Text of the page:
I have lots of thoughts floating around in my head but no clear focus, other than a longing for some semblance of a normal life that I know is pretty much impossible to have while living in New Orleans.
K was offered a position in Destin a few months ago, and we considered the idea briefly. But I think we both knew he didn’t have any real interest in it—my husband is a New Orleanian through and through. It was a very nice offer, but by the time we factored in the fact that my chances of finding a comparable job in that area were slim to none, we decided against it. Plus, the odds of selling our house right now in this market are, let’s face it—not real high.
Still, sometimes it’s tempting to put this city and its problems behind us. We briefly toyed with the idea of moving to Slidell—even went so far as to look at some houses on the market over there. But let’s face it—Slidell isn’t New Orleans. And despite how much house you can get for your money over there, and the fact that you can actually just walk into the local elementary school and enroll your child there—no waiting lists, no lotteries, and a solid, tuition-free education—neither of us could really stomach the idea of making that commute every day. And the thought of moving over there made us both feel like we’d be giving up, to a certain extent.
But sometimes I long to live in a place that’s well, for lack of a better word, normal. A place where the local newspaper isn’t running a seven-part series on a 17-year-old murder victim—because there are no such stories, as opposed to too many of them to count. A place where, as mentioned above, I could just walk into our neighborhood elementary school and enroll E. A place where the streets are paved and where people don’t have to find the humor in our atrocious streets by hosting birthday parties for potholes, planting flowers in potholes, posting “no lifeguard on duty” signs in potholes, etc. (All funny as hell, but I’d happily trade the humor for functional streets.) A place where we don’t need to have discussions about whether the mayor is a crook, is suffering from Katrina-related PTSD or just doesn’t give a damn. A place where I can still enter and exit the parking garage at work, even though we just had a heavy rainstorm, because the street isn’t flooded. A place where state senators don’t (allegedly) assault their girlfriends and then get lap dances. A place where our monthly electric bill isn’t comparable to our car payments combined.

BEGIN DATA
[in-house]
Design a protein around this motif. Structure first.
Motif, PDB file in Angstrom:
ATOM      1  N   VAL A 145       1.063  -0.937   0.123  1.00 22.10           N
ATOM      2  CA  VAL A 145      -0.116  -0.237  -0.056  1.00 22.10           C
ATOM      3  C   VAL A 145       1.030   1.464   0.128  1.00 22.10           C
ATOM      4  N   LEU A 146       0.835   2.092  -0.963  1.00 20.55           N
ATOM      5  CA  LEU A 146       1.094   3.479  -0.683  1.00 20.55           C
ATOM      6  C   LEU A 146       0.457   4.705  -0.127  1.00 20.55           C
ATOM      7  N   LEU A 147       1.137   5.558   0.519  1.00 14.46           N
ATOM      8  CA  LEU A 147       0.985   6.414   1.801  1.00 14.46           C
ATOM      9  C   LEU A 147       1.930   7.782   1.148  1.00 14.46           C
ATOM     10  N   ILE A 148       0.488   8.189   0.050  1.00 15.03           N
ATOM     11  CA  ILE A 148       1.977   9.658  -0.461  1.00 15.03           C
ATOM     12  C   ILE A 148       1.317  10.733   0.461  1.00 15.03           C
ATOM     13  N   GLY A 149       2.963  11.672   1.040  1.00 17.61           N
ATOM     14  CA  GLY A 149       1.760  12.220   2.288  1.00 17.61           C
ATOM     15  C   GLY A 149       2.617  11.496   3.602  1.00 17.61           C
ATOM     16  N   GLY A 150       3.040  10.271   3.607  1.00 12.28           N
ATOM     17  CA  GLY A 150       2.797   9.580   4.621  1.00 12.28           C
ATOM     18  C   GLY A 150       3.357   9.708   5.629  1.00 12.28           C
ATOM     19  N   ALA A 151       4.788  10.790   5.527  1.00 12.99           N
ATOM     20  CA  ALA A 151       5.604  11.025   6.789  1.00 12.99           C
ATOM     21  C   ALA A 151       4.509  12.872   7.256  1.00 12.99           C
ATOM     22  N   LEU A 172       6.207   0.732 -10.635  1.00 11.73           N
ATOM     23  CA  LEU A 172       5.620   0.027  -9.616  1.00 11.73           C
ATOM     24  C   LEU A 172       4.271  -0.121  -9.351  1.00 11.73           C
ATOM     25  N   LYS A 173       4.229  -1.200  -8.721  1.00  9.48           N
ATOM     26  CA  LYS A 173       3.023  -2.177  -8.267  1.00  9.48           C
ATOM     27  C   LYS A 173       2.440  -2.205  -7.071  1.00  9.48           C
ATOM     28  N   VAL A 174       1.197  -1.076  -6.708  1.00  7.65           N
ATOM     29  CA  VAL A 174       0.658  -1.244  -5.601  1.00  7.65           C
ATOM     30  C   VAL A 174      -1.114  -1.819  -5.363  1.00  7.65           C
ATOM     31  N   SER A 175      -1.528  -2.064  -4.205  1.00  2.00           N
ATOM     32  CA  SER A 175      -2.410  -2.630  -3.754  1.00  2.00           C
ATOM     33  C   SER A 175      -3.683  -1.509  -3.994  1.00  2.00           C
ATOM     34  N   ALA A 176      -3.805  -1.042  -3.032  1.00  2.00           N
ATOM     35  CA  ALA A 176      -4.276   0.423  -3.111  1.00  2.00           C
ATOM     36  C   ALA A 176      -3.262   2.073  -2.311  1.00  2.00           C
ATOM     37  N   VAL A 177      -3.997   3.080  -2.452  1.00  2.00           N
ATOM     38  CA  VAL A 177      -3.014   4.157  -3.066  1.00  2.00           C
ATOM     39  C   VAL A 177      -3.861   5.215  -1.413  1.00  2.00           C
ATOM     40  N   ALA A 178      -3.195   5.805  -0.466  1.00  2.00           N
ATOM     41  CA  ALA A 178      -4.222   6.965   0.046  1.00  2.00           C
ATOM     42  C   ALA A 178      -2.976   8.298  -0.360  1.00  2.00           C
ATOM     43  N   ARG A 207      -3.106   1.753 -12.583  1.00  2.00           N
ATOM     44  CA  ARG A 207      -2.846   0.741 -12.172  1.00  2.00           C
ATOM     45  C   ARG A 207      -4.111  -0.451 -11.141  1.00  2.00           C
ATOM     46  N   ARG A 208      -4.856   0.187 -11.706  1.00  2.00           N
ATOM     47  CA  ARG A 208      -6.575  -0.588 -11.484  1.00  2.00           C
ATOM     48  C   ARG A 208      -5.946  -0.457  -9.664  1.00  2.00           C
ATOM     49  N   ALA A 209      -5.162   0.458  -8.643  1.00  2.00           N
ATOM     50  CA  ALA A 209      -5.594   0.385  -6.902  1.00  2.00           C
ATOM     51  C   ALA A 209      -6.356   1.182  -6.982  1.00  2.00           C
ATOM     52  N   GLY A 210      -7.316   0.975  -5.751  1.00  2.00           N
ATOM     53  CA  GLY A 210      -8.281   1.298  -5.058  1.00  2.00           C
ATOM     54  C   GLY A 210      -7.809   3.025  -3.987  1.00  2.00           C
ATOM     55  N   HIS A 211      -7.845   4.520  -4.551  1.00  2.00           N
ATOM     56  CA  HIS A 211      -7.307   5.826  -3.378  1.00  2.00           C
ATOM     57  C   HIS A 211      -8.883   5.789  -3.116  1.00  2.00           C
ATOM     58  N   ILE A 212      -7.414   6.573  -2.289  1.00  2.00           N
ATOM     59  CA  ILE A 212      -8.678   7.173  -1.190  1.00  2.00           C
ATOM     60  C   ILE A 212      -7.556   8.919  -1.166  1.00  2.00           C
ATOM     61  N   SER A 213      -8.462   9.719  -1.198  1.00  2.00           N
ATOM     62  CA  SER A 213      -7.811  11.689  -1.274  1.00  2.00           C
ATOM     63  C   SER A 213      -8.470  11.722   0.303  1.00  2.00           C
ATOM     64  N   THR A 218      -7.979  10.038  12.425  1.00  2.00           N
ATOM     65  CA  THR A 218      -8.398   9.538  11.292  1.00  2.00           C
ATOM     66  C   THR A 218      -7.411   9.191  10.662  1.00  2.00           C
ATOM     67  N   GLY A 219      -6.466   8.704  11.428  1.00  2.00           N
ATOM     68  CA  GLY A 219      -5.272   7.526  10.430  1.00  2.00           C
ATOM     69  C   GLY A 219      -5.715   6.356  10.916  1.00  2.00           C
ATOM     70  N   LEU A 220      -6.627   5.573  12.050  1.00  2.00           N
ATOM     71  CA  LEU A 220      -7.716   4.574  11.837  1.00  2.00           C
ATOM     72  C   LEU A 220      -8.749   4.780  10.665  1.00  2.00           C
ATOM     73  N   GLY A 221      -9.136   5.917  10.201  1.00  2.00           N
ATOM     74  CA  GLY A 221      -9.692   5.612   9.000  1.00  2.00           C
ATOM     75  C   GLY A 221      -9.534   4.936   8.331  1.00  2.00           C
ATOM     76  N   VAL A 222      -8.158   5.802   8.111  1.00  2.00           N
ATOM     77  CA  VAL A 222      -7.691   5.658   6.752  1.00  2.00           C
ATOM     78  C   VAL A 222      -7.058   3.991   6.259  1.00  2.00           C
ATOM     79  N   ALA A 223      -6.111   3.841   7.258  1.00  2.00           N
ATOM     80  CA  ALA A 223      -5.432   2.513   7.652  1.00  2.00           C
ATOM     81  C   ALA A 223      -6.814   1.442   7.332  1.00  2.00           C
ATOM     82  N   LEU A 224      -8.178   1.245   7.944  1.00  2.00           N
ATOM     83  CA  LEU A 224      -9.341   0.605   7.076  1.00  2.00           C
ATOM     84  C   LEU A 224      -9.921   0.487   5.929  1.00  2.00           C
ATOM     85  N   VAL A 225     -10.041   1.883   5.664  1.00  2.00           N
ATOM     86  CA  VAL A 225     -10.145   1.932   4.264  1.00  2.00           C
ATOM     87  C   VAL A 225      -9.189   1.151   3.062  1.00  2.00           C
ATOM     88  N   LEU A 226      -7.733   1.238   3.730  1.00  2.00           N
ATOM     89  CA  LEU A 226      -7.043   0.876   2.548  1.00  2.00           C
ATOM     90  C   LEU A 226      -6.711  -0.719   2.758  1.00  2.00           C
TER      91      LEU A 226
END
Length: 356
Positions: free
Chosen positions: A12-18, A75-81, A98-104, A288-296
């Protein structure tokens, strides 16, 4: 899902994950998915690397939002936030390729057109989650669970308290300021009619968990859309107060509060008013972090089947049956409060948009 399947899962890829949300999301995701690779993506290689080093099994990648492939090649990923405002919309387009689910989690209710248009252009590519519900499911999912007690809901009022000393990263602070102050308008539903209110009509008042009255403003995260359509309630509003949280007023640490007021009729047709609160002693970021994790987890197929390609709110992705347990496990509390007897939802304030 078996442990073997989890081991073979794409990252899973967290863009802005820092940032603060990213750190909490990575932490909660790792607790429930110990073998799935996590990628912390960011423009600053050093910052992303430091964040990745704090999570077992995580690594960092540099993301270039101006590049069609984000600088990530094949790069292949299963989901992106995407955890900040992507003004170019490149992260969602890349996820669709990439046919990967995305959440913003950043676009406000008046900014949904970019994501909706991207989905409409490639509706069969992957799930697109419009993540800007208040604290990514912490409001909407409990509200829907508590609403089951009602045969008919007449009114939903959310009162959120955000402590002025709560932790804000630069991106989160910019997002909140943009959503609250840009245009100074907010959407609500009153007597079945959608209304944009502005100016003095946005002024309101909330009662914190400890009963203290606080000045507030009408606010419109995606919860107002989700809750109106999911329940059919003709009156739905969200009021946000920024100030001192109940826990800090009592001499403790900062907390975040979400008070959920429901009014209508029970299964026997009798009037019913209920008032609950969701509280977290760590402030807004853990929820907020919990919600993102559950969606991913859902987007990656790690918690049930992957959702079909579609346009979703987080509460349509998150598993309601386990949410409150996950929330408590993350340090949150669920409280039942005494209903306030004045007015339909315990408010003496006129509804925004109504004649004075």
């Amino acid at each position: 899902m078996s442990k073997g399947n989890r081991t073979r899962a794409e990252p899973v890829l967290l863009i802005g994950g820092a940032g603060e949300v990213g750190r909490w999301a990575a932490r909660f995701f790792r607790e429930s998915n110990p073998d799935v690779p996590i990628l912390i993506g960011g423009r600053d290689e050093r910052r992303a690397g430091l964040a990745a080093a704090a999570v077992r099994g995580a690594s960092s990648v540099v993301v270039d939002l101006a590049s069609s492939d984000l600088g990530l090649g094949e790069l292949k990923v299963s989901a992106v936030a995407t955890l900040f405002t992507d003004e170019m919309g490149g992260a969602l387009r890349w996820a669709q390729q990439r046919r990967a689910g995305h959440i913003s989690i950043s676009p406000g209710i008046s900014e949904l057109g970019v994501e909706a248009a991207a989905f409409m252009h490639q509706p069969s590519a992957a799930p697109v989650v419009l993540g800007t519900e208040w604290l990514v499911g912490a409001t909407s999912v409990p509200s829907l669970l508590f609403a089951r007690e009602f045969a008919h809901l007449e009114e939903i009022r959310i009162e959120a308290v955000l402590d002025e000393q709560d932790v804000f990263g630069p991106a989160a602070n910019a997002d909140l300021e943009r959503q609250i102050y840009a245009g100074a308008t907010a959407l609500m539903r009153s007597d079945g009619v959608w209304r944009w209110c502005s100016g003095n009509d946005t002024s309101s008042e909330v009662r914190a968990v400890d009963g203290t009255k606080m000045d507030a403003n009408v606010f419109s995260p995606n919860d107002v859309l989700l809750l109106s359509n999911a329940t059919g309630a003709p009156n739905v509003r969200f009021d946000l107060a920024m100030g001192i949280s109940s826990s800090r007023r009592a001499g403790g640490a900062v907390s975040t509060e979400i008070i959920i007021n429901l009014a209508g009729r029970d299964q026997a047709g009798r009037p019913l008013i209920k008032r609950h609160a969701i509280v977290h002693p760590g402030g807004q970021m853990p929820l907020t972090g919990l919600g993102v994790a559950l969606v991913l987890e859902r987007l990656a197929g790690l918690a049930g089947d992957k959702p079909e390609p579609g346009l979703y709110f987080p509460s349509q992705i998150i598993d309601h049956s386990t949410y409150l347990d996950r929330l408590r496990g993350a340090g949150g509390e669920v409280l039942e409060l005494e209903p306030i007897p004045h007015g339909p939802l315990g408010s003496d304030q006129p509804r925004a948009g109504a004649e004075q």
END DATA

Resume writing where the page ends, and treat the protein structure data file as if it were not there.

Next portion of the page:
At the same time, I don’t really want to leave New Orleans. I just want living here to be better—to be easier. The people of this city are what keep us all here, I think. The love of life that everyone here has, the love for this community. There is no other city like it—or at least none I’ve been to. Nothing can replace the sheer sense of joy I get from hanging out with both friends and strangers during a Mardi Gras parade. Or wandering around shouting “Who Dat” in the CBD before a Saints game. Or any of the other countless, wonderful and unique things and people this city has to offer. Again, sometimes I just really wish it was easier to live here. And I wonder what I can do—what role I can play, if any—to make our city better.